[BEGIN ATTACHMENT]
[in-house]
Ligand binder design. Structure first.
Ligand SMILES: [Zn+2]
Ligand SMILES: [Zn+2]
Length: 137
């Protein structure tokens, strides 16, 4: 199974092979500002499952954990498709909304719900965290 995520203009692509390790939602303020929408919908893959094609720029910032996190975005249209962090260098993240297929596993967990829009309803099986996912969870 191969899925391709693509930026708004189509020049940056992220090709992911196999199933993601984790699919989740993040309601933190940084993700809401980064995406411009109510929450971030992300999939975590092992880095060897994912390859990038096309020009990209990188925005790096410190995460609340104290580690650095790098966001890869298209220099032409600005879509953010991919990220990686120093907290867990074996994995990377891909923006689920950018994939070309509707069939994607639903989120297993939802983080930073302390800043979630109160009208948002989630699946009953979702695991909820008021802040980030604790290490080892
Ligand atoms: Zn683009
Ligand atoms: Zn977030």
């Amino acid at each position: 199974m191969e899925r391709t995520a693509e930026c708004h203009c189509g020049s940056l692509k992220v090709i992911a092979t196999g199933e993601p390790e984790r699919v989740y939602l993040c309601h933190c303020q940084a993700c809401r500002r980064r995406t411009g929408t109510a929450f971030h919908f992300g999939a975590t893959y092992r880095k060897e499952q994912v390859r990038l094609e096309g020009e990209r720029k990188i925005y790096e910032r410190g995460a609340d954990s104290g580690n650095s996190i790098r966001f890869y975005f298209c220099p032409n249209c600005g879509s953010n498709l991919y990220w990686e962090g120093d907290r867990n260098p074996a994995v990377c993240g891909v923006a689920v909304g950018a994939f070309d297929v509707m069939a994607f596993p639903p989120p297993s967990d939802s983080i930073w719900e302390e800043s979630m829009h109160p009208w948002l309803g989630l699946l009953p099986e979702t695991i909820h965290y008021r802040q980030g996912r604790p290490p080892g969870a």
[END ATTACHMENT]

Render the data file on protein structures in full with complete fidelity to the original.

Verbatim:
[in-house]
Ligand binder design. Structure first.
Ligand SMILES: [Zn+2]
Ligand SMILES: [Zn+2]
Length: 137
């Protein structure tokens, strides 16, 4: 199974092979500002499952954990498709909304719900965290 995520203009692509390790939602303020929408919908893959094609720029910032996190975005249209962090260098993240297929596993967990829009309803099986996912969870 191969899925391709693509930026708004189509020049940056992220090709992911196999199933993601984790699919989740993040309601933190940084993700809401980064995406411009109510929450971030992300999939975590092992880095060897994912390859990038096309020009990209990188925005790096410190995460609340104290580690650095790098966001890869298209220099032409600005879509953010991919990220990686120093907290867990074996994995990377891909923006689920950018994939070309509707069939994607639903989120297993939802983080930073302390800043979630109160009208948002989630699946009953979702695991909820008021802040980030604790290490080892
Ligand atoms: Zn683009
Ligand atoms: Zn977030």
């Amino acid at each position: 199974m191969e899925r391709t995520a693509e930026c708004h203009c189509g020049s940056l692509k992220v090709i992911a092979t196999g199933e993601p390790e984790r699919v989740y939602l993040c309601h933190c303020q940084a993700c809401r500002r980064r995406t411009g929408t109510a929450f971030h919908f992300g999939a975590t893959y092992r880095k060897e499952q994912v390859r990038l094609e096309g020009e990209r720029k990188i925005y790096e910032r410190g995460a609340d954990s104290g580690n650095s996190i790098r966001f890869y975005f298209c220099p032409n249209c600005g879509s953010n498709l991919y990220w990686e962090g120093d907290r867990n260098p074996a994995v990377c993240g891909v923006a689920v909304g950018a994939f070309d297929v509707m069939a994607f596993p639903p989120p297993s967990d939802s983080i930073w719900e302390e800043s979630m829009h109160p009208w948002l309803g989630l699946l009953p099986e979702t695991i909820h965290y008021r802040q980030g996912r604790p290490p080892g969870a």